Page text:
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How to make a book marketing cheat sheet for authors by Zara West

~How to Keep Your Marketing Info At Your Fingertips~

Do you have a marketing cheat sheet? I do. Last year when I released my first book in the Skin Quartet series, Beneath the Skin, I had no idea how to go about marketing it. I hosted two well-attended book signings. I sent out some tweets. I posted on Facebook. I guest visited two blogs. That was it. But I knew that there was much more I should be doing.

So all last year, I took workshops, read blogs, and tried to educate myself on modern day book selling techniques via the web. I explored BookBud and similar discount e-book sites. I joined Netgalley, Romance Reviews, and several other review sites and learned how they worked. I upped my presence on Goodreads.  I took a Savvy Authors course on Facebook Ads, Jessica Clever’s workshops on using social media, and I subscribed to every marketing site I could find.

On August 18th, I released my second romantic suspense, Close to the Skin, published by Wild Rose Press. Here was my chance to put into action all I had learned. But before I could do that, I realized that I needed to have at my fingertips a whole kettle of information about myself and my book. This was the info needed to fill in ad requests, give to bloggers you visited, people you asked to review, and more.

Now I am a fairly orderly person. I have nice tidy document folders in my Dropbox arranged in subgroups either alphabetically or by date. I rarely have difficulty finding something. However, in setting up my marketing, I found I was continually pulling up the same materials and tweaking them to fit the number of words requested. It was time consuming and boring. So I developed what I call my marketing cheat sheet.

What is a Marketing Cheat Sheet?

My marketing cheat sheet is a single word document that lists all the info that I need to market my books. I started out with the obvious categories and then added new ones as they were needed. Here is my current list of headers and sub-categories. Everything listed here is something I used in completing forms and ad applications and so on to publicize my book. I continue to add to it daily. Feel free to copy it and adapt to your own needs.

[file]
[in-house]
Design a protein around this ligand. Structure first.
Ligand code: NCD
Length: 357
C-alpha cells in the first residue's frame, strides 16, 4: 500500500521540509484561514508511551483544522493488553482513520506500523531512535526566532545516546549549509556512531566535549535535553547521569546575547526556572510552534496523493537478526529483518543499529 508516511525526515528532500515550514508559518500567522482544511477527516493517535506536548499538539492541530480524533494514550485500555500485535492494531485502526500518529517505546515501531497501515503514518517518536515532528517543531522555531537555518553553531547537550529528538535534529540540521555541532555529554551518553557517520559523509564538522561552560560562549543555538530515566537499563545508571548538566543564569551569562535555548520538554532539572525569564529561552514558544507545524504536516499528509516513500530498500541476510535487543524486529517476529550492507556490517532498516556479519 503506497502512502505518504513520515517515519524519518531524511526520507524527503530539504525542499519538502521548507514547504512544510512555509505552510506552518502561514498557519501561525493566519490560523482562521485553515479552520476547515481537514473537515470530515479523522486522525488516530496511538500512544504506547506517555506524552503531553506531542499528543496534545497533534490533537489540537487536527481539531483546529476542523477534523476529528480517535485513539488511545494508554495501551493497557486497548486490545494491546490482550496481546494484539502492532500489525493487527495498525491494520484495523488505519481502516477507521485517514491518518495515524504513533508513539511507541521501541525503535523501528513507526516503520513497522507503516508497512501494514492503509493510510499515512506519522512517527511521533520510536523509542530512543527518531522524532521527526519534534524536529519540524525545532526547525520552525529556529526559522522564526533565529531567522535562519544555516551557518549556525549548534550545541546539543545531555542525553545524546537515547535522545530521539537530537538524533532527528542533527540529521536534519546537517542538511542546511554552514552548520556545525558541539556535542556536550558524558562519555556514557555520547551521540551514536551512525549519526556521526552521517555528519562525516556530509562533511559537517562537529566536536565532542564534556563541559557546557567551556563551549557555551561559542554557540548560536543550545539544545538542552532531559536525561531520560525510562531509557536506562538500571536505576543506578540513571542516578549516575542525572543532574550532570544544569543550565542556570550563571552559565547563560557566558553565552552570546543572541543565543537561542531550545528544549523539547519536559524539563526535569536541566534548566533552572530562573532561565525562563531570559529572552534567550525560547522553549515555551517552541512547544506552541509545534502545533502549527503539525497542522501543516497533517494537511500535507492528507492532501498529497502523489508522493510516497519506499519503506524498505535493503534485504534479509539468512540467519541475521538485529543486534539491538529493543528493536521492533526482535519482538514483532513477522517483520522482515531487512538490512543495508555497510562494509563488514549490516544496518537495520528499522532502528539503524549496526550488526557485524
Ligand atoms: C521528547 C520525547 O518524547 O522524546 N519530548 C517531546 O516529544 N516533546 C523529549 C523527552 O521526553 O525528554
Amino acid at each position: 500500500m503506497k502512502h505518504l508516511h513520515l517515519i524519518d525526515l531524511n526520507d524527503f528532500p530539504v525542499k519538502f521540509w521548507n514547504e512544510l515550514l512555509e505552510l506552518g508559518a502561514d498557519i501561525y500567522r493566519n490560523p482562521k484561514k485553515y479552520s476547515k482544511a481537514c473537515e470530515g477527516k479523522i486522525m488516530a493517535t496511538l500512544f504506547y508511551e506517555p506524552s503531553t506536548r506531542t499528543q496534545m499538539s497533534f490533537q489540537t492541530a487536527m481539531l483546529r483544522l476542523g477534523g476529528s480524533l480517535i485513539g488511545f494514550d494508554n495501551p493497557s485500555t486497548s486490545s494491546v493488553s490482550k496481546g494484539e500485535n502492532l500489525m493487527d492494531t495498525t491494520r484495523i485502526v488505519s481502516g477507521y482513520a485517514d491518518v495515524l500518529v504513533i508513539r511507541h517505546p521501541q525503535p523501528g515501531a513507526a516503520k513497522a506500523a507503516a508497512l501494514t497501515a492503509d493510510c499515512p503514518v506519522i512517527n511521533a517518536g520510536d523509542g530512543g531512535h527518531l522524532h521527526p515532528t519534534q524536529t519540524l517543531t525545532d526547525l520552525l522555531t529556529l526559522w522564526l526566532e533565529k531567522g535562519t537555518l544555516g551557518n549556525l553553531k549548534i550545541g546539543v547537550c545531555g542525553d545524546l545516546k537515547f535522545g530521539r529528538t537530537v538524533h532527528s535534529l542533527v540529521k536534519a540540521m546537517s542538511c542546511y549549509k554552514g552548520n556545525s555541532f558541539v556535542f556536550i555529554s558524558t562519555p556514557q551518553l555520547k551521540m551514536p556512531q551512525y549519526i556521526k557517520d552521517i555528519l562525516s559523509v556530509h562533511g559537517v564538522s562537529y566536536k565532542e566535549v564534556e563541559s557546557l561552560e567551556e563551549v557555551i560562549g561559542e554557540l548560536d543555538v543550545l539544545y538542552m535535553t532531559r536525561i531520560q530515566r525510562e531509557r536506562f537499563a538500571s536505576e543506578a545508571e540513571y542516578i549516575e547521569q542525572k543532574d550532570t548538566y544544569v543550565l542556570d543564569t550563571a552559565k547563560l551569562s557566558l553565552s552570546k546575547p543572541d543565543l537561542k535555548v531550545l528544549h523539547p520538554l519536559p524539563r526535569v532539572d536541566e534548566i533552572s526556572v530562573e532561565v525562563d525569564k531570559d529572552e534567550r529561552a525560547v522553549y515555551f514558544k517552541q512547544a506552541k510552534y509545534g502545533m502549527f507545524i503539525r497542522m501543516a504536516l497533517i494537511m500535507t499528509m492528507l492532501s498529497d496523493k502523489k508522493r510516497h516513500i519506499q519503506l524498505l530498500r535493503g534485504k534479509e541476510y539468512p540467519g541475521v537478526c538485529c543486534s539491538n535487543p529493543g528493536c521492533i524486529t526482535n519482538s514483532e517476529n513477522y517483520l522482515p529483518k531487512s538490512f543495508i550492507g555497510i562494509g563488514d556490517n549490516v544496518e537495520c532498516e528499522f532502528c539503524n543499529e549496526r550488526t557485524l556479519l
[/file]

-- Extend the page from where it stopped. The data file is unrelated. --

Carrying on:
AUTHOR INFO

  • Address
  • Email
  • Kindle Email

WEBSITE/ URLS

  • Readers Club Signup Page URL

Google Analytics#

Rss Feed URL

KEYWORDS FOR AUTHOR/GENRE

  • Phrase 1
  • Phrase 2
  • Phrase 3

CONTEST WINS

AUTHOR BIO

  • Twitter Bio 100 Characters
  • 100 Words
  • 120 Words
  • 159 Words
  • 200 Words
  • 350 Words
  • 2500 Characters (475 Words)
  • 4000 Characters

SOCIAL MEDIA LINKS

  • Amazon Author Page
  • Facebook
  • Twitter
  • Pinterest
  • Goodreads
  • Google Plus
  • Instagram
  • Tumblir
  • Linkedin

FACEBOOK STREET TEAM URL

_________________________________

BOOK TITLE #1

PUBLISHER INFO

COVER DESIGNER

BOOKFUNNEL LINK

WEBPAGE for Book URL

# of PAGES

BARCODE

BISAC subject headings

ISBN

AISN

BOOK COVER URL

LOGLINE

PITCH

BLURB

  • 100 characters (Twitter)
  • 250 characters
  • 400 characters
  • 112 words/754 characters + spaces
  • 350 words
  • 4000 characters

EXCERPT

REVIEW QUOTES 4000 character maximum

KEYWORDS

BUY LINKS

  • Amazon
  • B&N
  • iTunes
  • Kobo
  • Google Play
  • Universal Buy Link
  • Goodreads

AD WORDING

Click here for a PDF version  Author Marketing Cheat Sheet


How to Create a Book Marketing Cheat Sheet by Zara WestMaking the Cheat Sheet Easy to Use

Now scrolling up and down what eventually became 20 pages of info was no fun. So I utilized a processing trick that has been so helpful in outlining my novels. I used Headers. By making every main category a Heading 1 and every subcategory a Heading 2. I can use the FIND tool to create a list along the left side of the document. Each Heading is clickable and will take you instantly to that spot in the Cheat Sheet.

The second thing I learned to do was to open the Cheat Sheet first thing every morning when I opened my word processor. That way the Sheet sat on the far left, ready to yield its data throughout the day. Need a 100 word bio? It’s there. Need the ISBN? It’s there. Works like a charm!


How do you organize your author and book data?

10 Comments

  1. Wonderful idea! I’m always pulling up link or info. This should work much better. Thank you!

  2. Ilona Fridl says:

    Great idea! I can always use some help with marketing. My least favorite thing to do.

  3. Vicki Batman says:

    In many ways, this is similar to the media sheet I use. Just missing the marketing. Thanks for sharing.

    • zara west says:

      That’s the cool thing. Once you have it started, you can keep adding to it. Using the headings makes a really long document a breeze to use.

  4. Hywela Lyn says:

    What a great idea. I have most of this information in separate Word documents and it can take an age to pull everything up. I don’t know why I didn’t think of something like this myself, but I’m so glad you did, and thanks for sharing.

  5. Ana Morgan says:

    This looks like a great organizational tool!
    Thanks for sharing.

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